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  • Published: 2 January 2014
  • ISBN: 9781409027652
  • Imprint: Vintage Digital
  • Format: EBook
  • Pages: 368

Down To The Sea In Ships

Of Ageless Oceans and Modern Men

Acclaimed nature writer Horatio Clare travels the great oceans on cargo ships, and witnesses the collision of two temperaments: man and the sea

'Magnificent' Robert Macfarlane

Winner of the Stanford Dolman Travel Book of the Year

Our lives depend on shipping but it is a world which is largely hidden from us. In every lonely corner of every sea, through every night, every day, and every imaginable weather, tiny crews of seafarers work the giant ships which keep landed life afloat. These ordinary men live extraordinary lives, subject to dangers and difficulties we can only imagine, from hurricanes and pirates to years of confinement in hazardous, if not hellish, environments. Horatio Clare joins two container ships on their epic voyages across the globe and experiences unforgettable journeys. As the ships cross seas of history and incident, seafarers unfold the stories of their lives, and a beautiful and terrifying portrait of the oceans and their human subjects emerges.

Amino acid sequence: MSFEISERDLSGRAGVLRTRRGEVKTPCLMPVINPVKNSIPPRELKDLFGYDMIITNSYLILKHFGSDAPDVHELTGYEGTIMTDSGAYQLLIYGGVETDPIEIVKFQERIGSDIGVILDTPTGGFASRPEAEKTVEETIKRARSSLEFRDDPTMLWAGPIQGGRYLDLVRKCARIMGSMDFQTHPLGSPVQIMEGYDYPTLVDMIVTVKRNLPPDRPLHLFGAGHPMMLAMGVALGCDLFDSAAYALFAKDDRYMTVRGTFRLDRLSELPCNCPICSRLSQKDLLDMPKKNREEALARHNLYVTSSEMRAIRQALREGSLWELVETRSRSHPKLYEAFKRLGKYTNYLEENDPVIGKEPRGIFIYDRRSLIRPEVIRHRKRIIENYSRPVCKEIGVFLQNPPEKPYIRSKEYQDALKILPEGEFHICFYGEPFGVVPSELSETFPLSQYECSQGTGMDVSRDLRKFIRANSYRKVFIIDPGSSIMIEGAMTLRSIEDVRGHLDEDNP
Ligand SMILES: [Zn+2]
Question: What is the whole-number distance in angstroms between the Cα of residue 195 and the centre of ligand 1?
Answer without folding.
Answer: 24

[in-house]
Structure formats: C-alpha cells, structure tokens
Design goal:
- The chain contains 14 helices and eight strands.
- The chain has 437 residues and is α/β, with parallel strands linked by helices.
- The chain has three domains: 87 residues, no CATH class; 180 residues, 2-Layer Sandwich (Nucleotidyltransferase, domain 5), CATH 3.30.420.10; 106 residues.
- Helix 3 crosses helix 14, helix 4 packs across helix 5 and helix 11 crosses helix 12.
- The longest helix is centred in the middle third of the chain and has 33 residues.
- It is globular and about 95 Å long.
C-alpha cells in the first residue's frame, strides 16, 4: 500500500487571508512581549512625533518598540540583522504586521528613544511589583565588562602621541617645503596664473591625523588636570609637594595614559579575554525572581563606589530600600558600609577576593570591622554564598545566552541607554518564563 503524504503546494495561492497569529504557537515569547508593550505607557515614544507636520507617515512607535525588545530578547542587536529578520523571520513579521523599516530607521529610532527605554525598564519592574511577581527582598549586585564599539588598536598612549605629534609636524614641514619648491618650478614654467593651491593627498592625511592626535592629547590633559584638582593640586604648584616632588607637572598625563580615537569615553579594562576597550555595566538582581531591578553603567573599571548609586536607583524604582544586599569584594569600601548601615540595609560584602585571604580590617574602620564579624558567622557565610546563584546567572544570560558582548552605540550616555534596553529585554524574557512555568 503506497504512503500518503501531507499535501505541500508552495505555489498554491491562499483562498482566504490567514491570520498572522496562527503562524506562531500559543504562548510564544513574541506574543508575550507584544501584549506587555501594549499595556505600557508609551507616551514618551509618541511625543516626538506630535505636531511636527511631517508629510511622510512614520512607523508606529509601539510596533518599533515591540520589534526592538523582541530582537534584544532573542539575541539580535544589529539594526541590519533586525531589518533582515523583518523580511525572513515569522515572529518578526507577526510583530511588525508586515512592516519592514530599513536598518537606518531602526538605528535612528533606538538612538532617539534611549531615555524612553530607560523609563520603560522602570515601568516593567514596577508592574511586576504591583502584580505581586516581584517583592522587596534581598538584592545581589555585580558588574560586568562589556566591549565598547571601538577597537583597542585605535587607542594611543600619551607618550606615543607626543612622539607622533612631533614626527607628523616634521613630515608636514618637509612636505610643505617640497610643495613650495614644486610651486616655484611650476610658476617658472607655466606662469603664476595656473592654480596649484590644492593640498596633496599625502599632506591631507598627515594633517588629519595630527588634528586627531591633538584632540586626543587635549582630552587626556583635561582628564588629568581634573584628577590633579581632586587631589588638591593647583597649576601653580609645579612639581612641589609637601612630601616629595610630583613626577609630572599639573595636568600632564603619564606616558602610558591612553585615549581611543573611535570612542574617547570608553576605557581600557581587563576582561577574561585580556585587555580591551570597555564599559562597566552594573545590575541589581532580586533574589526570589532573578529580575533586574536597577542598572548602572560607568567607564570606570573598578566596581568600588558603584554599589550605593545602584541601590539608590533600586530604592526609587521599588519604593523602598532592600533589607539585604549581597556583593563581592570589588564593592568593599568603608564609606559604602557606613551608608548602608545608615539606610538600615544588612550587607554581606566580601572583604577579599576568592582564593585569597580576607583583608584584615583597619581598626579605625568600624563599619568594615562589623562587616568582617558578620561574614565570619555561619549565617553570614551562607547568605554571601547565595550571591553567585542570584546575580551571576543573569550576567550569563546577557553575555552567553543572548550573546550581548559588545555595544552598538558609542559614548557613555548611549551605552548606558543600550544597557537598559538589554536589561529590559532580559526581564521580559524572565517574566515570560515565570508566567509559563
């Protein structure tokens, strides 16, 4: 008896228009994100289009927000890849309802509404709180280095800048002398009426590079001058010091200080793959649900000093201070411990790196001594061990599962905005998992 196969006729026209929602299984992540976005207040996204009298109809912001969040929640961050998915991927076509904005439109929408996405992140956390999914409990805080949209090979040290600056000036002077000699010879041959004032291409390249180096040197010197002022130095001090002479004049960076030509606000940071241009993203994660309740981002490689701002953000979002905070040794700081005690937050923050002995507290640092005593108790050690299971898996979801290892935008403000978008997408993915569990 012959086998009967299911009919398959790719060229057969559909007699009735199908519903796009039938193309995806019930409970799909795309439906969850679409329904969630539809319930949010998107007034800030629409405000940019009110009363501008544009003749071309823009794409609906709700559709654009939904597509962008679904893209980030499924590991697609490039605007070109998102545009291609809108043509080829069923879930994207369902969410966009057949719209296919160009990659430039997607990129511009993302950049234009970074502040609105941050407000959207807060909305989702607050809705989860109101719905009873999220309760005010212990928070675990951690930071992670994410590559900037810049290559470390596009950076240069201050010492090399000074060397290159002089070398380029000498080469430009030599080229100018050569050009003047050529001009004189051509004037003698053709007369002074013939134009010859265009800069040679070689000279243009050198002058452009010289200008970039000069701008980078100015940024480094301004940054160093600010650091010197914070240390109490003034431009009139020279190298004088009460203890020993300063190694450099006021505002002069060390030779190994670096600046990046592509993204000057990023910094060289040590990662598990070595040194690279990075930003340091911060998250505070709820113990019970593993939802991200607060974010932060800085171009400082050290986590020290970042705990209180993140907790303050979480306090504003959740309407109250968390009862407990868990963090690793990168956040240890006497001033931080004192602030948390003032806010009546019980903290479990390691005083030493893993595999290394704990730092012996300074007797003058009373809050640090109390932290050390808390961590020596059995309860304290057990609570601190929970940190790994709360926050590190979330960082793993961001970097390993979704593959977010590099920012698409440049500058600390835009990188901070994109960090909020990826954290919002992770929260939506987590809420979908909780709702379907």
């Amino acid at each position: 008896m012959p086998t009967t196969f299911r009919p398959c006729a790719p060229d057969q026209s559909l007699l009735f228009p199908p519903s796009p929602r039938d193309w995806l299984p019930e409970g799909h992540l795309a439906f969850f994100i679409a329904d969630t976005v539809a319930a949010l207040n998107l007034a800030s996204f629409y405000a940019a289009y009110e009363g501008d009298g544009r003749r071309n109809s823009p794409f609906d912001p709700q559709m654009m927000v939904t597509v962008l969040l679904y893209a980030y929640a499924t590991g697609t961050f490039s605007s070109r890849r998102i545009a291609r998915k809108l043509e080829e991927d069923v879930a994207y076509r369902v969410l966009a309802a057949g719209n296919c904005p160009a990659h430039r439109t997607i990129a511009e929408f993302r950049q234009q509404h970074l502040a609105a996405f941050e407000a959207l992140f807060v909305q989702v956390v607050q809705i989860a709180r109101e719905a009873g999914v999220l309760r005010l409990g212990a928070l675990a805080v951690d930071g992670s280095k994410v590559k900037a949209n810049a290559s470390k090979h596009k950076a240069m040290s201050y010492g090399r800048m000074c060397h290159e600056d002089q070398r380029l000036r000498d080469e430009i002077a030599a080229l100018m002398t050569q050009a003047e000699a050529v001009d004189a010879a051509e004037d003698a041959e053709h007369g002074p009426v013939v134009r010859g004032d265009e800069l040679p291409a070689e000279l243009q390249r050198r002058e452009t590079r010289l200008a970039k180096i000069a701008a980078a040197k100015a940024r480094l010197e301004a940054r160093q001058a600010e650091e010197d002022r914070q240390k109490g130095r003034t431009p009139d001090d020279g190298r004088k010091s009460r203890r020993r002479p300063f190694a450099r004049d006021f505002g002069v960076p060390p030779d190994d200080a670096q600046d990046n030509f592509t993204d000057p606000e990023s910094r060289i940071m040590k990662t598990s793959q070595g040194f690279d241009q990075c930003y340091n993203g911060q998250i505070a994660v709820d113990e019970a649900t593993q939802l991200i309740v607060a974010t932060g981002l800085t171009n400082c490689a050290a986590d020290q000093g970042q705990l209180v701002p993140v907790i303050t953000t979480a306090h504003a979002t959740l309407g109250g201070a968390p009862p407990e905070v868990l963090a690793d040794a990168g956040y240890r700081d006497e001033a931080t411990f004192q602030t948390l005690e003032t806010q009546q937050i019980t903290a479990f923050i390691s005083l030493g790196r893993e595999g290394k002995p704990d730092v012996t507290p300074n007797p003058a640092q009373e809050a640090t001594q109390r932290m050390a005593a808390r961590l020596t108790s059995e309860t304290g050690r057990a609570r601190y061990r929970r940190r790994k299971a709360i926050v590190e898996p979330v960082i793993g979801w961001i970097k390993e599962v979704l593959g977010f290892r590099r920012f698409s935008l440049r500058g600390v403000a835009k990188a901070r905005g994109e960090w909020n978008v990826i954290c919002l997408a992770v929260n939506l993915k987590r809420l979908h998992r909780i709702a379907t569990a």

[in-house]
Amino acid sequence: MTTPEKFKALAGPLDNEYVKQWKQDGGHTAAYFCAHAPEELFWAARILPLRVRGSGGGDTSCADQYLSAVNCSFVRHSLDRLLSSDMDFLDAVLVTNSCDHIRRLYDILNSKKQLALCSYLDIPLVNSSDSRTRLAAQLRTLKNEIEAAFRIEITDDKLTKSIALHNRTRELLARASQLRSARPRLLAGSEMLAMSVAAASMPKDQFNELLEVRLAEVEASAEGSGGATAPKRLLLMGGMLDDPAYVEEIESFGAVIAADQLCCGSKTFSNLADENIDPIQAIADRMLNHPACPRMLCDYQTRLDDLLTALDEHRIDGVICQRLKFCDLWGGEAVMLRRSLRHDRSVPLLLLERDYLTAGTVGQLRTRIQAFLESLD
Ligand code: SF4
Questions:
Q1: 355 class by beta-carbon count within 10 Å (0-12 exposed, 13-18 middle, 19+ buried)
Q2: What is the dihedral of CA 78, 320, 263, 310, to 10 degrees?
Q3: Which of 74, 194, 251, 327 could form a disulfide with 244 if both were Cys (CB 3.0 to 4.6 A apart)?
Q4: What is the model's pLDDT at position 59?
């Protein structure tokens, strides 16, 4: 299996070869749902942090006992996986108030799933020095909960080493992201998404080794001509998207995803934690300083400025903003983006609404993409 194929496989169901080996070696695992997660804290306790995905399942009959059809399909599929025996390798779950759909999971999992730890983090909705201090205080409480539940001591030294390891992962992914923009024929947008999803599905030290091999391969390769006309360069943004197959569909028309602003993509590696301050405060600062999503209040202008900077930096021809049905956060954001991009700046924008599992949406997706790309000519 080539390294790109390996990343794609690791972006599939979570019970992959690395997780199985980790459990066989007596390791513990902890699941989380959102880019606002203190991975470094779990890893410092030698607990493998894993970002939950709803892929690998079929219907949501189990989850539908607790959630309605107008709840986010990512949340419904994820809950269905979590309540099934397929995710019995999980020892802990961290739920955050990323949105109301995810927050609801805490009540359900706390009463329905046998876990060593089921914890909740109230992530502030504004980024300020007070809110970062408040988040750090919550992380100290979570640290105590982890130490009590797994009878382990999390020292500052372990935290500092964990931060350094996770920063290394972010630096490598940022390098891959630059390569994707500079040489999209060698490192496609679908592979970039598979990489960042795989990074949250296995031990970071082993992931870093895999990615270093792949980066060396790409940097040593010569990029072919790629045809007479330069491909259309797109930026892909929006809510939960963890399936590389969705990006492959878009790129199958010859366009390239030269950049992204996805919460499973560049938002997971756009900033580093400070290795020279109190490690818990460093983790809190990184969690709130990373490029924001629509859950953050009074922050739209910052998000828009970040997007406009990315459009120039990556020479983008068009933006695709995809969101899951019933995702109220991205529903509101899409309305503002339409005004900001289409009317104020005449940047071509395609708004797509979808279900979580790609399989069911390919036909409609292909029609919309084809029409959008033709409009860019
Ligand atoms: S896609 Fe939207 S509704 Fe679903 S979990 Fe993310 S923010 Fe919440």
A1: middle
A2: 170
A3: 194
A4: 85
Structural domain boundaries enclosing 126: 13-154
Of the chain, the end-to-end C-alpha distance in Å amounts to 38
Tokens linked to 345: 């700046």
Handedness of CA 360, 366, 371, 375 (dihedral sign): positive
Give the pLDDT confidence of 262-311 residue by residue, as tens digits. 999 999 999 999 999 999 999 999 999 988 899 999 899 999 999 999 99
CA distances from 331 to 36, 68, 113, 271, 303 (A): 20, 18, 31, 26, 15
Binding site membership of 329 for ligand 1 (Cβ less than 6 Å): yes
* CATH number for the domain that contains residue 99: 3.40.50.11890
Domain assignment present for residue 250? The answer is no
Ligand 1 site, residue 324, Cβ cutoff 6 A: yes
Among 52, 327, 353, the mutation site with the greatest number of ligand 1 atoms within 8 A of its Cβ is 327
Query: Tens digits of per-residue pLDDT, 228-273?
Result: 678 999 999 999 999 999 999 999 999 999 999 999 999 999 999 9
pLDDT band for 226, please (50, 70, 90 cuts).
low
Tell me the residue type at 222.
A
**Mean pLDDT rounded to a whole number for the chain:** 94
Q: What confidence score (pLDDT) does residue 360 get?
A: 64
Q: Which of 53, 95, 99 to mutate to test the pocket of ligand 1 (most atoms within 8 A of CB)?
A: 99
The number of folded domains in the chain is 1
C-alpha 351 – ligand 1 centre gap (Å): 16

'Tremendous' The Times

  • Published: 2 January 2014
  • ISBN: 9781409027652
  • Imprint: Vintage Digital
  • Format: EBook
  • Pages: 368

About the author

Horatio Clare

Horatio Clare is the bestselling author of numerous books including the memoirs Running for the Hills and Truant and the travel books A Single Swallow, Down to the Sea in Ships, Orison for a Curlew, Icebreaker and The Light in the Dark. His books for children include Aubrey and the Terrible Yoot and Aubrey and the Terrible Ladybirds. Horatio’s essays and reviews appear on BBC radio and in the Financial Times, the Observer and the Spectator, among other publications. He lives with his family in West Yorkshire.

Also by Horatio Clare

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Praise for Down To The Sea In Ships

Wonderful… Clare’s account of his journeys with the officers and crews of container ships is gripping and stomach-churning in equal measure

Daily Telegraph

[A] beautifully written account of seafaring life

Ian Critchley, Sunday Times

A lyrical, heartfelt but eye-opening chronicle... Both romantic and realistic, written from the heart but crafted with a seafarer’s “passionate precision”, [Clare’s] book will steer you into the new year on a course that may deepen your grasp both of that world, and of ourselves

Boyd Tonkin, Independent

If you can't run away to sea (though I recommend you do), Clare's book is a warm and captivating companion to it


Stupendous and extraordinarily exciting... What Clare demonstrates, even beyond his undoubted gifts as writer, is his basic humanity. I read his wonderful book with gratitude for his insight – but also with increased admiration for the men to whom we owe almost everything in our comfortable and secure lives

Philip Hoare, Times Higher Education

Rich and dense, full of old sea-dog stories, with barely a word wasted, it’s a triumph of quiet artistry

Marcus Berkmann, Daily Mail

This is a warm and lyrical book about a tough trade in tough times

Sara Wheeler, Observer